But while “constraint is not going to go away from Shetland”, the larger turbines will “likely get first dibs on space on the interconnector” – meaning there is less prospect of them being curtailed.
“They are larger turbines, it’s more difficult for them to turn off,” Haughey said.
“But essentially smaller operators such as Garth wind would probably be one the first to get asked to switch off in the case of constraint, so there will be that constraint there for hydrogen to be generated.”
“There is going to be a hydrogen economy,” Lisk added.
“Reading through the islands deal that’s being discussed, it’s fairly certain that one of the areas that will be funded is hydrogen development and hydrogen economies.
“That generates jobs. Shetland is saying we want to generate jobs and pull in young families etc, but we have a lot of guys on the island that are good qualified engineers and have a technical background, and if hydrogen was to start producing those jobs and opportunities, it could be one of the threads to strengthen the attraction of the islands to young people.”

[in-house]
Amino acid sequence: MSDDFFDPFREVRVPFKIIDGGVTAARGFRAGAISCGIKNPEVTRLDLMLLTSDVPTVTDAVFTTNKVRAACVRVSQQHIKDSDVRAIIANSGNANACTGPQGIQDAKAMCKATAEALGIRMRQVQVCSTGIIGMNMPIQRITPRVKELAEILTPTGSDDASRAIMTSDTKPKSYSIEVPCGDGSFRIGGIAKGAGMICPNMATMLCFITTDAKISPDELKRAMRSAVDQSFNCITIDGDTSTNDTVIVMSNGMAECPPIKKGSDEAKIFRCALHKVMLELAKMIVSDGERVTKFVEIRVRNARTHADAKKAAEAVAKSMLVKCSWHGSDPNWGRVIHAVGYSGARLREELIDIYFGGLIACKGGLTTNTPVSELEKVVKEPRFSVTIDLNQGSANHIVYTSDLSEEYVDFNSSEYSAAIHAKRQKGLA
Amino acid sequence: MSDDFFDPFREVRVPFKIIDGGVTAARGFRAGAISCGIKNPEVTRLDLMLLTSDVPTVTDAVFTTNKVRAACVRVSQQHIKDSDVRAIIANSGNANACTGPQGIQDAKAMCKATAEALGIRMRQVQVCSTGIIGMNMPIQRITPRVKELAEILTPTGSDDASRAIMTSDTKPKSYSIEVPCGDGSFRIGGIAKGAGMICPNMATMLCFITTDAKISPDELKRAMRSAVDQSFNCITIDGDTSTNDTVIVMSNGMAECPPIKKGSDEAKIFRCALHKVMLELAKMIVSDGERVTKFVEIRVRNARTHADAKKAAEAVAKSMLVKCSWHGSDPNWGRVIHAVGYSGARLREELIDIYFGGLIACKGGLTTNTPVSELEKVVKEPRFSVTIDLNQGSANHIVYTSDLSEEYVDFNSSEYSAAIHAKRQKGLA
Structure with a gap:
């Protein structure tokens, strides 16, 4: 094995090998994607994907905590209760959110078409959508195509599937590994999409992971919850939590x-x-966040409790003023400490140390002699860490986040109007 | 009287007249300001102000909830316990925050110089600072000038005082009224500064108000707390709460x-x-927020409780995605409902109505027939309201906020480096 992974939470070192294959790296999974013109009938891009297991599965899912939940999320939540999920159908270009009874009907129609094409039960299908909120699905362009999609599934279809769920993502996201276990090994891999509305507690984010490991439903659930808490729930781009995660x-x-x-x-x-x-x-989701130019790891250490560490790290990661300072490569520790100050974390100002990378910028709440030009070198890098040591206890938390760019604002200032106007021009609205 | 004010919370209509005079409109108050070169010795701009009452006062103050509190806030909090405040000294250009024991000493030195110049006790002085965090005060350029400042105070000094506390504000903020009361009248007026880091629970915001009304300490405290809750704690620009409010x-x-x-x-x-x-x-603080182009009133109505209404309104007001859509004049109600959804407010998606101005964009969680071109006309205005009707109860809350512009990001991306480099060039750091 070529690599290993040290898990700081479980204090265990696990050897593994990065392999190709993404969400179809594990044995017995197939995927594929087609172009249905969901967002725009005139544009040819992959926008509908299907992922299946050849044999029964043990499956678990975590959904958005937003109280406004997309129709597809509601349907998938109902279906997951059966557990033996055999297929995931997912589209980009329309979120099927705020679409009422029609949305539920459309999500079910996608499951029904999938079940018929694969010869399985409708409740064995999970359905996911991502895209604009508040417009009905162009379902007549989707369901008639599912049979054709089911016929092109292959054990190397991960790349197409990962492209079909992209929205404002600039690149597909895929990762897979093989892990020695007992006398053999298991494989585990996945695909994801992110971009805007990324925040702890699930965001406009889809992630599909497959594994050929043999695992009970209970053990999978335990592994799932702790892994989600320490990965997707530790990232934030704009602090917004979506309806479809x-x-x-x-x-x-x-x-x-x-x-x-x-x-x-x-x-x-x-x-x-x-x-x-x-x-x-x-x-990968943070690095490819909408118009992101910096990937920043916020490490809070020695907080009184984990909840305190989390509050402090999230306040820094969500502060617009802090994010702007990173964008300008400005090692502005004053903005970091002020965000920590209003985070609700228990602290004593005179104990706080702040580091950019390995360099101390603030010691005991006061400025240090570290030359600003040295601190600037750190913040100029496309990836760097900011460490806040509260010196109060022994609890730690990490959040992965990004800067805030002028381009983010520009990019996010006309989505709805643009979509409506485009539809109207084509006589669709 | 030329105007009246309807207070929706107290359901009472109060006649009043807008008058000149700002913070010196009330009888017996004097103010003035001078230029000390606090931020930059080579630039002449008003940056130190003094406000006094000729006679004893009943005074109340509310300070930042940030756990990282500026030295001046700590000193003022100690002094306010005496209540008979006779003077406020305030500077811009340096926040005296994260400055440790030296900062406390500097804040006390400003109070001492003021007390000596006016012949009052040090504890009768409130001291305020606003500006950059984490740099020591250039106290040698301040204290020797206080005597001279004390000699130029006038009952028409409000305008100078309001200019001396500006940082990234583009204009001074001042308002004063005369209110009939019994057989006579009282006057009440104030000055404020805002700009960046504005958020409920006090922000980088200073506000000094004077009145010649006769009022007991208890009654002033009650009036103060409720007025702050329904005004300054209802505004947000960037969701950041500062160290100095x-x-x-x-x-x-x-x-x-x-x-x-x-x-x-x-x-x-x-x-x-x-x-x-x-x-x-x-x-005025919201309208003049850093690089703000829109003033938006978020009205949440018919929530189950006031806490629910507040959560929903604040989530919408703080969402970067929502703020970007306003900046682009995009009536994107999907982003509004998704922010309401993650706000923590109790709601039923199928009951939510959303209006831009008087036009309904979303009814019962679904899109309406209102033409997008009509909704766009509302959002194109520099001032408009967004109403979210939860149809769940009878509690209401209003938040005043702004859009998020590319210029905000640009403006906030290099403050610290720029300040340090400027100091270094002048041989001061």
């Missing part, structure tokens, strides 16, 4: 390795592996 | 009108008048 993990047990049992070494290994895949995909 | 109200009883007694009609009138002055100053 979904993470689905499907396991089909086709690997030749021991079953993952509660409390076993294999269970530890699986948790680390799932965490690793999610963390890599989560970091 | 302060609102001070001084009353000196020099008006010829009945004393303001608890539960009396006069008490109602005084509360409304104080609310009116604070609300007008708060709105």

For the North Yell Development Council, having the council in tow has enabled the community group to take the proposal further than just an improbable idea.
“We are enthusiastic about the prospect of a hydrogen making project,” director Andrew Nisbet said.
“We are also enthusiastic about working with the SIC on this as we need a partner. As a small community group we do not have the capacity to undertake this ourselves.
“The idea is it would use power from our wind farm when the farm is constrained, i.e. when the Shetland grid is not able to take all our power.
“The constraint represents a loss of potential earnings for our community, although the wind farm is viable even with the constraint. Hydrogen is a promising alternative as a fuel for road vehicles and also as a marine fuel.
“Projects such as the one we are looking at are very important to develop the use of hydrogen to the point where it is commercially viable.”